urn:nbn:se:umu:diva-118760 (URN)10.1093/jxb/erw030 (DOI)000376658300019 ()26889011 (PubMedID)
Note

Special issue: Photorespiration: Origins and Metabolic Integration in Interacting Compartments

Available from: 2016-04-04 Created: 2016-04-04 Last updated: 2018-06-07Bibliographically approved
Brouwer, B., Gardeström, P. & Keech, O. (2014). In response to partial plant shading, the lack of phytochrome A does not directly induce leaf senescence but alters the fine-tuning of chlorophyll biosynthesis. Journal of Experimental Botany, 65(14), 4037-4049
Open this publication in new window or tab >>In response to partial plant shading, the lack of phytochrome A does not directly induce leaf senescence but alters the fine-tuning of chlorophyll biosynthesis
2014 (English)In: Journal of Experimental Botany, ISSN 0022-0957, E-ISSN 1460-2431, Vol. 65, no 14, p. 4037-4049Article in journal (Refereed) Published
Abstract [en]

Phytochrome is thought to control the induction of leaf senescence directly, however, the signalling and molecular mechanisms remain unclear. In the present study, an ecophysiological approach was used to establish a functional connection between phytochrome signalling and the physiological processes underlying the induction of leaf senescence in response to shade. With shade it is important to distinguish between complete and partial shading, during which either the whole or only a part of the plant is shaded, respectively. It is first shown here that, while PHYB is required to maintain chlorophyll content in a completely shaded plant, only PHYA is involved in maintaining the leaf chlorophyll content in response to partial plant shading. Second, it is shown that leaf yellowing associated with strong partial shading in phyA-mutant plants actually correlates to a decreased biosynthesis of chlorophyll rather than to an increase of its degradation. Third, it is shown that the physiological impact of this decreased biosynthesis of chlorophyll in strongly shaded phyA-mutant leaves is accompanied by a decreased capacity to adjust the Light Compensation Point. However, the increased leaf yellowing in phyA-mutant plants is not accompanied by an increase of senescence-specific molecular markers, which argues against a direct role of PHYA in inducing leaf senescence in response to partial shade. In conclusion, it is proposed that PHYA, but not PHYB, is essential for fine-tuning the chlorophyll biosynthetic pathway in response to partial shading. In turn, this mechanism allows the shaded leaf to adjust its photosynthetic machinery to very low irradiances, thus maintaining a positive carbon balance and repressing the induction of leaf senescence, which can occur under prolonged periods of shade.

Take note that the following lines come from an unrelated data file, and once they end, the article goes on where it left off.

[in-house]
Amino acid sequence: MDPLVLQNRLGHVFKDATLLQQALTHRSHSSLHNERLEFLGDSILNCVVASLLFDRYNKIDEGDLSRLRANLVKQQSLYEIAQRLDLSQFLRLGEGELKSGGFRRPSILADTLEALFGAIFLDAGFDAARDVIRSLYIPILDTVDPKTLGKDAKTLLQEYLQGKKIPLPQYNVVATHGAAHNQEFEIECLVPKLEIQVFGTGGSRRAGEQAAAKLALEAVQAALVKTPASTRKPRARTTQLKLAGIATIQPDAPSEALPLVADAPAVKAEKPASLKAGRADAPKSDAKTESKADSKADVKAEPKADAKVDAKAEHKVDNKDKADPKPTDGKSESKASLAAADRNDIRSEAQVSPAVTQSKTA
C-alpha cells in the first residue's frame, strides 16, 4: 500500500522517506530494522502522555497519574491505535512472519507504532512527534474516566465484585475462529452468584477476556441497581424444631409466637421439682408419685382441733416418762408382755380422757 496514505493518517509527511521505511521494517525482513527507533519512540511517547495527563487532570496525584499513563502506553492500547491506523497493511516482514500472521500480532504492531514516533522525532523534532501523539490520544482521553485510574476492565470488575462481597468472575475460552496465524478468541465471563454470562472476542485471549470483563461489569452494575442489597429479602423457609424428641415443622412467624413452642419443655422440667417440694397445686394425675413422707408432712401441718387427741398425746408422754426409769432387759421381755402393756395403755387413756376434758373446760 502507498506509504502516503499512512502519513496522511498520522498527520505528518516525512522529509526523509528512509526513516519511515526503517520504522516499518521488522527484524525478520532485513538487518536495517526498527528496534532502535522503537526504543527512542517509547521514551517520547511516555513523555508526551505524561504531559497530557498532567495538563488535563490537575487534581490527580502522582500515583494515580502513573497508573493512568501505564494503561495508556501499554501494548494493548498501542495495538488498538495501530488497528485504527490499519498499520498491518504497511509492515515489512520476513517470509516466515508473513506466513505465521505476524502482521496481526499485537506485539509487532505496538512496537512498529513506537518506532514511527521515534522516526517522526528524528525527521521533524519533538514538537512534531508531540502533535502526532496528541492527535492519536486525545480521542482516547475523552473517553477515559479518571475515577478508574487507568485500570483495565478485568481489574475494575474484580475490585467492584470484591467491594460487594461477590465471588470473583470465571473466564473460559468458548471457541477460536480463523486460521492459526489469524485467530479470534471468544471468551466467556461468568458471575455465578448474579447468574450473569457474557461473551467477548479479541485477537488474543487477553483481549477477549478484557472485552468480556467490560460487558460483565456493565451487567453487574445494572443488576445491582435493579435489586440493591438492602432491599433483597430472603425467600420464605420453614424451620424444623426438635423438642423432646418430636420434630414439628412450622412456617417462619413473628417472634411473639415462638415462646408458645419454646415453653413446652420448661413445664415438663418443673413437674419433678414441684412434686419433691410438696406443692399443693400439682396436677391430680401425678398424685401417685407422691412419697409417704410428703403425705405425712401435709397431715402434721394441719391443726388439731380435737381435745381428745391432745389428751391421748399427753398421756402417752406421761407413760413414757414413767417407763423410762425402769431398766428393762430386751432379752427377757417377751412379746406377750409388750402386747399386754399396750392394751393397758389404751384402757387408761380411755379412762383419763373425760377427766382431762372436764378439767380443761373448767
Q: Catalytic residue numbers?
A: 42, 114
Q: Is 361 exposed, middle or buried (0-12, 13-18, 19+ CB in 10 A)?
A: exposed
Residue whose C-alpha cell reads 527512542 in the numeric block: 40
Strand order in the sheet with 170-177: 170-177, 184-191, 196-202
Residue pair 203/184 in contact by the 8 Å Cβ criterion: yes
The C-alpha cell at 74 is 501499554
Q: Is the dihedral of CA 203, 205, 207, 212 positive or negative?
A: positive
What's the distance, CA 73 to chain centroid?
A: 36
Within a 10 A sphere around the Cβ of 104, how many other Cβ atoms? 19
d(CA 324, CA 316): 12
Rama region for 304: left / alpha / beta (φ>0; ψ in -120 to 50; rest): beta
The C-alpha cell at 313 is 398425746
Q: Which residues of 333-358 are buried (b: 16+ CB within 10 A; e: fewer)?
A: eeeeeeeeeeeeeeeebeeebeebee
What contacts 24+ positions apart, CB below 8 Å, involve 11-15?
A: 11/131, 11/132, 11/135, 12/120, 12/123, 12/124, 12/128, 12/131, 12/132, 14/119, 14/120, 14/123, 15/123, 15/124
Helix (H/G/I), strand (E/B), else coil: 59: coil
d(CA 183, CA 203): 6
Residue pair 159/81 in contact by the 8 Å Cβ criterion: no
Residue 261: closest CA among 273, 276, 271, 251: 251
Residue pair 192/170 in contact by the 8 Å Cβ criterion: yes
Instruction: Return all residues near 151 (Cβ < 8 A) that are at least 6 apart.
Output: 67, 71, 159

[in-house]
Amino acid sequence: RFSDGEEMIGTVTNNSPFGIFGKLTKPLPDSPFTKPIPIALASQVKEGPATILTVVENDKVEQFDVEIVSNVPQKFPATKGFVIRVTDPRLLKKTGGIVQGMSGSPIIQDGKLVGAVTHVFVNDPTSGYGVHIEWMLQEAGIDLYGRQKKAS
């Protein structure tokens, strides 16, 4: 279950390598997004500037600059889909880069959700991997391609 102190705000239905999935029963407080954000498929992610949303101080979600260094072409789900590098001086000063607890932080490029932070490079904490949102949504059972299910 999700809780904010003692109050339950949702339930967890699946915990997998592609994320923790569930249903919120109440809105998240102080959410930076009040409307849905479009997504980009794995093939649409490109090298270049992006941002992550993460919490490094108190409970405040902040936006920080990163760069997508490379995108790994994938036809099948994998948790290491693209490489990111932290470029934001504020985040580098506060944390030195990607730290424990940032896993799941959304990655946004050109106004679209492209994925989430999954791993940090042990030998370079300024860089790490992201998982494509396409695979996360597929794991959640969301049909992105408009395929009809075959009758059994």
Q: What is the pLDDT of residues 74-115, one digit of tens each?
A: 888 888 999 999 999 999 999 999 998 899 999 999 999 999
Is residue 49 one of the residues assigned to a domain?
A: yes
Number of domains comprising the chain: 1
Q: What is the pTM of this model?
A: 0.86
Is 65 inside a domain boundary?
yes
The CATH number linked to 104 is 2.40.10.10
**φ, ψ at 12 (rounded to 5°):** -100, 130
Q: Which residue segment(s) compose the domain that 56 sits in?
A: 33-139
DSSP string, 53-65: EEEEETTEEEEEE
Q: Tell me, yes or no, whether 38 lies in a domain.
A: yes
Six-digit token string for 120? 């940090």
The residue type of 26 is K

Place, publisher, year, edition, pages
Oxford University Press, 2014
Keywords
Arabidopsis, chlorophyll, far-red light, phytochrome, senescence, shade
National Category
Botany
Identifiers
urn:nbn:se:umu:diva-92956 (URN)10.1093/jxb/eru060 (DOI)000339954000020 ()
Available from: 2014-09-12 Created: 2014-09-09 Last updated: 2018-06-07Bibliographically approved